Zero is LabVIEW's choice (and the choice of most other programming languages, as well) for the "no error" case. Judicious use of text editors, spreadsheet programs, and short LabVIEW routines can quickly extract the appropriate data for pasting into the table. How many times have you wired in a separate dialog box to alert the user to the details of the error? jvh75021 Active Participant 08-05-2010 08:52 AM Options Mark as New Bookmark Subscribe Subscribe to RSS Feed Highlight Print Email to a Friend Report to a Moderator I am getting reports from this content
An error dialog appears and displays the customized error code and description. It's easy! YourFeedback! You also know that they remember the type of dialog specified most recently, so that a dialog type could be set in one place and be effective for all instances of http://zone.ni.com/reference/en-XX/help/371361H-01/lvhowto/creating_user_defined_erro/
In the development situation you always refer to the file(s) in labview\user.lib\errors. If you have several error wires and you want to retain the information from all of them your only built-in option is to build an array of error clusters to transport LV error cluster is the recommended carrier.
NoteAs an alternative to steps 6 through 8, you can wire a numeric constant with a value of 5008 to the Error Cluster From Error Code VI. You can use an enumerated type for the errors, and then define some offset within the 5000-10000 region that your errors will slip into. Changes to error code text files take effect the next time you start LabVIEW. The LabVIEW code is platform independent, but the DLLs are not.
To facilitate this, we have upgraded our workhorse Chained Find First Error.vi to accept the new error enums interchangeably with the old-fashioned error codes (by incorporating Variant to Error Code within LV help and LV examples are not very informative in that domain. LabVIEW Register for the community · Log in · Help CommunityCategoryBoardDocumentsUsers turn on suggestions Auto-suggest helps you quickly narrow down your search https://forums.ni.com/t5/LabVIEW/Where-to-define-user-error-codes/td-p/1206547 So, if you didn't create a custom error codes file for your project then there wouldn't be one.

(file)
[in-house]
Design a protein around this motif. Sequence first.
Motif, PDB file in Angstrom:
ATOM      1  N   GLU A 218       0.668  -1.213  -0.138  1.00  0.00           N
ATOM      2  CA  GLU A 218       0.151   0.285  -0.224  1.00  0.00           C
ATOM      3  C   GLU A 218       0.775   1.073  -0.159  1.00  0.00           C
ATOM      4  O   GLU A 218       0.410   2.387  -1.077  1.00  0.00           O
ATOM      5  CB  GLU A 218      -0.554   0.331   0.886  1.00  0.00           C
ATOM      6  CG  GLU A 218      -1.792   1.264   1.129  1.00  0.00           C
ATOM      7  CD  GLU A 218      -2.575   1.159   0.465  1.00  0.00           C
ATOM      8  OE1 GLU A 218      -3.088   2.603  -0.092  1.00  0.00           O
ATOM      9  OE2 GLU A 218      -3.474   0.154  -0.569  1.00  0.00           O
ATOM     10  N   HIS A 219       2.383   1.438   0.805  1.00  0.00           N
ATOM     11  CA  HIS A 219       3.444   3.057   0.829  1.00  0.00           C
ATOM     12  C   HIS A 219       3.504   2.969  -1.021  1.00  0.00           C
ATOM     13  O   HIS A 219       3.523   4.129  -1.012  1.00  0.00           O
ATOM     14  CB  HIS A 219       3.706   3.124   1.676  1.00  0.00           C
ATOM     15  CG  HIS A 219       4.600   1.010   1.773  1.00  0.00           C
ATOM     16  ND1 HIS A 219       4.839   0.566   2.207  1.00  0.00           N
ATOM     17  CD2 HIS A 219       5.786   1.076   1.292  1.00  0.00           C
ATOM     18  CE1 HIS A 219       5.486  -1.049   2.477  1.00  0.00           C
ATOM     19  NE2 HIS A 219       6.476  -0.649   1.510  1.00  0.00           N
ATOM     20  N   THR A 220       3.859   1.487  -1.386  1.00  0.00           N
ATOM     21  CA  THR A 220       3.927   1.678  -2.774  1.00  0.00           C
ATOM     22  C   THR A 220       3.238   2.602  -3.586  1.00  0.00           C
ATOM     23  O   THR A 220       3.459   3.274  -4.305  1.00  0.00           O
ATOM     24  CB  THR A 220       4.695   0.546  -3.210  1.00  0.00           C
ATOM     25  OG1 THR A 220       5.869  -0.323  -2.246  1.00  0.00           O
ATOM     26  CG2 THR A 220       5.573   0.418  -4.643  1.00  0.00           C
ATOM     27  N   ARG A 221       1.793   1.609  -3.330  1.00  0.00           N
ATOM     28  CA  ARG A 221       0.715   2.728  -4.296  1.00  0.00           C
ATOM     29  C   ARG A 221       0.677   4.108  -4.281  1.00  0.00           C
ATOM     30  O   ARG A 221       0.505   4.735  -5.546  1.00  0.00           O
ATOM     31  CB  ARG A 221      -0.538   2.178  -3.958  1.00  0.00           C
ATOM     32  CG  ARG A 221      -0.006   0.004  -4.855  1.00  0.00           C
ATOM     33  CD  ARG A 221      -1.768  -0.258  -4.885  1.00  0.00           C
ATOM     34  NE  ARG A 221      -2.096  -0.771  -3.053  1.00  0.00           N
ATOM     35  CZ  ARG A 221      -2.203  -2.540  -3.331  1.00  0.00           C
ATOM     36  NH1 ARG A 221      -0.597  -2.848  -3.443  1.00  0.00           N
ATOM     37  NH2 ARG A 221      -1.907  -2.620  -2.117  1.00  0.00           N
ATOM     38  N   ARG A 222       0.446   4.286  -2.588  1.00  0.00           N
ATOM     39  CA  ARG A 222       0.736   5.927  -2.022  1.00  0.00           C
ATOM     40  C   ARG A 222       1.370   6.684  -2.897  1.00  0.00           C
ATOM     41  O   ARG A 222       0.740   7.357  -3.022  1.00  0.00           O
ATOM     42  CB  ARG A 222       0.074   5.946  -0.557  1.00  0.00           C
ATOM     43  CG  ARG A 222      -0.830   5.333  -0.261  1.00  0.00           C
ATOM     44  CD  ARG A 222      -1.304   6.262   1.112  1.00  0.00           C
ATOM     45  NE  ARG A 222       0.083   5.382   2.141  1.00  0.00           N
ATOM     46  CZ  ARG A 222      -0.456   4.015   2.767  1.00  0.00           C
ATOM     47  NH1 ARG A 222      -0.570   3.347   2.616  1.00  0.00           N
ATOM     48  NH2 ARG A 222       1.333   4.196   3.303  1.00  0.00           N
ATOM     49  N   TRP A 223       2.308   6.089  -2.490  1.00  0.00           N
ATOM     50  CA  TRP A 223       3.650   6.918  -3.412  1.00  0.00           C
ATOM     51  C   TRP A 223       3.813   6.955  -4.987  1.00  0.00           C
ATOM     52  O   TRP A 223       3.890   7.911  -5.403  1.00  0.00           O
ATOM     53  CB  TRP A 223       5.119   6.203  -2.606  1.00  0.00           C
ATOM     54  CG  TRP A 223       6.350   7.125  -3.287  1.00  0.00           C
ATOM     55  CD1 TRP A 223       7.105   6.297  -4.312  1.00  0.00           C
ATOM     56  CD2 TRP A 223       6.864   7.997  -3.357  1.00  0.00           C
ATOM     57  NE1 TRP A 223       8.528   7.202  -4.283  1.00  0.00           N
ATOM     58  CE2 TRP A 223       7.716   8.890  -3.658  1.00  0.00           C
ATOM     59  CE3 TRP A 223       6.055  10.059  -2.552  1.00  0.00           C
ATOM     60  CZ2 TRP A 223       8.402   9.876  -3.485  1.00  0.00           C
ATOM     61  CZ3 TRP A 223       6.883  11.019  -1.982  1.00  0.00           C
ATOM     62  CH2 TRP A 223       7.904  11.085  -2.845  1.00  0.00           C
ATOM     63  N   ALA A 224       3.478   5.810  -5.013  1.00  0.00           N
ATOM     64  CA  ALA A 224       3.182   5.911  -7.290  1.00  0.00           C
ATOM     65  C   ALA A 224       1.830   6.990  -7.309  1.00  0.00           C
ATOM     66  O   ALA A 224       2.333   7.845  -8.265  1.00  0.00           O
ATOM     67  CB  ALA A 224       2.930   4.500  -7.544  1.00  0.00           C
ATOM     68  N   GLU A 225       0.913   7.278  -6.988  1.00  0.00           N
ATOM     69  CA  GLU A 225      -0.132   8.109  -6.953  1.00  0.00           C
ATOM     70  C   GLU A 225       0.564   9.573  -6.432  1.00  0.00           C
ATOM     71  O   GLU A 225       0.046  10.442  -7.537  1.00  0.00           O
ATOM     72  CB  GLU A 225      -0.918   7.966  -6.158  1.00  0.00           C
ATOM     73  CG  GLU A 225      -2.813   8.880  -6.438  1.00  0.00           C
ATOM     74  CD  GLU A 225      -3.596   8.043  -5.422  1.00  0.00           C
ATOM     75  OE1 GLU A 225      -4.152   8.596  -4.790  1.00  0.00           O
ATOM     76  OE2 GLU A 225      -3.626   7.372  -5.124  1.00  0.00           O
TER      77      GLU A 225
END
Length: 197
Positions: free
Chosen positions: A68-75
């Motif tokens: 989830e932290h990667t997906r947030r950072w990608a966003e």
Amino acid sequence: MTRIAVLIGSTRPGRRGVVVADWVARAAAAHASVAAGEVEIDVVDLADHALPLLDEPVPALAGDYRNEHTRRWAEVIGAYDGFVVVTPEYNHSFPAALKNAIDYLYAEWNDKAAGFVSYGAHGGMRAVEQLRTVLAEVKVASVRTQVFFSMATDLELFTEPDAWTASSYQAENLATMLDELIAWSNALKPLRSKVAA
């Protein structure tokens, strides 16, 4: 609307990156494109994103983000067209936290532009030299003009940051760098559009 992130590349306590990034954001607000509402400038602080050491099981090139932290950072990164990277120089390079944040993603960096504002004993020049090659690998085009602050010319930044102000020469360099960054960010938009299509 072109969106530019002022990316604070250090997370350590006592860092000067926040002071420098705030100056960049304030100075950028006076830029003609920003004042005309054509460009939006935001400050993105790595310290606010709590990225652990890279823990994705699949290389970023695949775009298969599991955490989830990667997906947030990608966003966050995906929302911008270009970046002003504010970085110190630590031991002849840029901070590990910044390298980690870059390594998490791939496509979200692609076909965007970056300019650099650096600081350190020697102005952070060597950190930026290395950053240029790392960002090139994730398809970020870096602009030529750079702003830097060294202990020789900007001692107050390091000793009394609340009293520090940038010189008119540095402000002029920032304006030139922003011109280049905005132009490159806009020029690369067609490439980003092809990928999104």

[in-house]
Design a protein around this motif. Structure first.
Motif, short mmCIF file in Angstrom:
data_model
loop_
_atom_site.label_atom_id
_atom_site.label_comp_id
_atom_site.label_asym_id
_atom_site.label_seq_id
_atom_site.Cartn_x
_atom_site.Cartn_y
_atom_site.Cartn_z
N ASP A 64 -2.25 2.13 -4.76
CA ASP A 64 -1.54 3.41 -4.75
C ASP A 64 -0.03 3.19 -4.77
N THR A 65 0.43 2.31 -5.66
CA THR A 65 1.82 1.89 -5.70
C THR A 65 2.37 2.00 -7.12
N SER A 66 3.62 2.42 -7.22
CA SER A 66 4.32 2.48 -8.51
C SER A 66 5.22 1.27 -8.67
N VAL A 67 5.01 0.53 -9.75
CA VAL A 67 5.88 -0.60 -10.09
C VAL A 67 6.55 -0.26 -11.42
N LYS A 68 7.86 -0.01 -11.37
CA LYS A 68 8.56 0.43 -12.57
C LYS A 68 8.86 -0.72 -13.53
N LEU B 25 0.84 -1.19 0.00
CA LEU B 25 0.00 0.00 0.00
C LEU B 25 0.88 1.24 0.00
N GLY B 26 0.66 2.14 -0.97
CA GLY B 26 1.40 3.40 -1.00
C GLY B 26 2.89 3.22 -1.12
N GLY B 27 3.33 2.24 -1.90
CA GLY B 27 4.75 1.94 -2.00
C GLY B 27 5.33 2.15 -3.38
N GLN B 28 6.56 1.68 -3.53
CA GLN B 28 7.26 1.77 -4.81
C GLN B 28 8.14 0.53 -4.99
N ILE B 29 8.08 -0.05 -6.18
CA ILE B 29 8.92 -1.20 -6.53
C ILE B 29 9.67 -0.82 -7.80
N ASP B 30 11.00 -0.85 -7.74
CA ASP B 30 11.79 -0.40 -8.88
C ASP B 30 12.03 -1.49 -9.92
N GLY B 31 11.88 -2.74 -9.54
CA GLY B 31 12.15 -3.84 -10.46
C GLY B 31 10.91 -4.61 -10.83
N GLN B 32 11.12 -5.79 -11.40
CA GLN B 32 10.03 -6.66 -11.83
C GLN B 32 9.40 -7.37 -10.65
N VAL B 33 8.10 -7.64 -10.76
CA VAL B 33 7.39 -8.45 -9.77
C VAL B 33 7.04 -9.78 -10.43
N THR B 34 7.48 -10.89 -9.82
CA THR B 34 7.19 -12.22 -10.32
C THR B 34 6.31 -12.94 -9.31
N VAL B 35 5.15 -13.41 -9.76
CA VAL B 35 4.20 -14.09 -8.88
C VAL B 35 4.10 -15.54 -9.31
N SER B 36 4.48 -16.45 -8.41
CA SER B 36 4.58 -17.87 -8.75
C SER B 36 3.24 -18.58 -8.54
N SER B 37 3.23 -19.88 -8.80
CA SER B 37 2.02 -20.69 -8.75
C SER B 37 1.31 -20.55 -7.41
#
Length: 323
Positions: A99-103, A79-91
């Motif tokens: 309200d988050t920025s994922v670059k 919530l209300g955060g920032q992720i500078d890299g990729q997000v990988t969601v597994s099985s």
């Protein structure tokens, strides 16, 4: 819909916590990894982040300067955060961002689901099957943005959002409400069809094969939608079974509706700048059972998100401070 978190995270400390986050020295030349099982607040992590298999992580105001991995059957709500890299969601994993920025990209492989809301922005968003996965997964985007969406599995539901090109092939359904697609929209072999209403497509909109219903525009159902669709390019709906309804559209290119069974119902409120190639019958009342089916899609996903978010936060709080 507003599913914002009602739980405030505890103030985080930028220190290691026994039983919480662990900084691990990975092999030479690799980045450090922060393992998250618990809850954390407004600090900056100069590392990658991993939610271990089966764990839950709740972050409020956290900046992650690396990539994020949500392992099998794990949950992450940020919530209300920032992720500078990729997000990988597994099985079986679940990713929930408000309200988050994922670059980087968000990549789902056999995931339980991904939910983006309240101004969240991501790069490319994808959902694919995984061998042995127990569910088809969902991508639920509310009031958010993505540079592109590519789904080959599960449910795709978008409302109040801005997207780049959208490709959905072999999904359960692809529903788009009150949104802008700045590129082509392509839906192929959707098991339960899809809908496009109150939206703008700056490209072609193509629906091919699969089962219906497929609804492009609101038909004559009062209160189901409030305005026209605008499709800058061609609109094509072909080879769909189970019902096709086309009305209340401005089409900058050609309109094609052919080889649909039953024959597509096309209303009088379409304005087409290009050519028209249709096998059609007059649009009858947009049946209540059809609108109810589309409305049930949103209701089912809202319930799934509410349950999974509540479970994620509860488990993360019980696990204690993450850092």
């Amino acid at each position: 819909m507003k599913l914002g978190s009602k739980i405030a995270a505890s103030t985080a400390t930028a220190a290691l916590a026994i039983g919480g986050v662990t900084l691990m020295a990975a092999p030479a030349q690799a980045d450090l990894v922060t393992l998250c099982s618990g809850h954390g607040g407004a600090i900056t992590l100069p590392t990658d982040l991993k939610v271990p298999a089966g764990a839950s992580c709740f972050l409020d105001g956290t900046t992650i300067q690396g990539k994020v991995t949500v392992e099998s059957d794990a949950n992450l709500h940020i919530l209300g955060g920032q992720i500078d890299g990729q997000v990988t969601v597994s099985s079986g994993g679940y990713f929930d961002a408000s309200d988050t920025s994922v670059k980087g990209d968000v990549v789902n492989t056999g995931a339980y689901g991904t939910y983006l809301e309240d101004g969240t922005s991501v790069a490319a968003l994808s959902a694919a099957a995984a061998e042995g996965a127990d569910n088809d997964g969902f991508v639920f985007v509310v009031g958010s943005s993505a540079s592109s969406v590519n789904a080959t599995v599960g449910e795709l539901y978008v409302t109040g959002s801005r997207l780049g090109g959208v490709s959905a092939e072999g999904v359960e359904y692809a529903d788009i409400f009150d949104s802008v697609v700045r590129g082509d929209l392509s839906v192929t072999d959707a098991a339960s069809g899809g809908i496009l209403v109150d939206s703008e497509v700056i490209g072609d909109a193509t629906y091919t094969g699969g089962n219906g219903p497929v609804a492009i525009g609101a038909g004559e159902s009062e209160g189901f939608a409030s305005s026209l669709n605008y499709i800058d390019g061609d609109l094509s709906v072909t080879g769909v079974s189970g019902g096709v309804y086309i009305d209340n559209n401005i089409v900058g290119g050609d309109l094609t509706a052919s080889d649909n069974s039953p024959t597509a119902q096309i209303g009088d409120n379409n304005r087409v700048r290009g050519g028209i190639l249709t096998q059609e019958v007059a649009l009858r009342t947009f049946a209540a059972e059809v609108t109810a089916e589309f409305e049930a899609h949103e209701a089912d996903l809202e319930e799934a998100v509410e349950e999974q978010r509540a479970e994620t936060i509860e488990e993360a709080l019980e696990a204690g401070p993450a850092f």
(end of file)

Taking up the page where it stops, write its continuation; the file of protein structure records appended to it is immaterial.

It will find the first non-zero entry among its three error inputs: an error in cluster, an array of Error Codes, and a single Error Code. (By far the most common Wouldnt it be nice if lists of errors could be combined easily on a session-by-session basis so that youre only treating the errors pertinent to the current setup? Sign In Sign In Remember me Not recommended on shared computers Sign in anonymously Sign In Forgot your password? The first column lists the error codes defined by the vendor.
jvh 0 Kudos Message 6 of 12 (1,158 Views) Reply 0 Kudos Solution Accepted by topic author jvh75021 08-27-2015 06:09 PM Re: Where to define user error codes. http://www.labviewing.com/custom-error-handling-in-labview/ These are the codes that are returned from DLL calls. Poor|Excellent Yes No Document Quality? To edit the error codes and descriptions, select the error code or text you want to change, and enter your edits.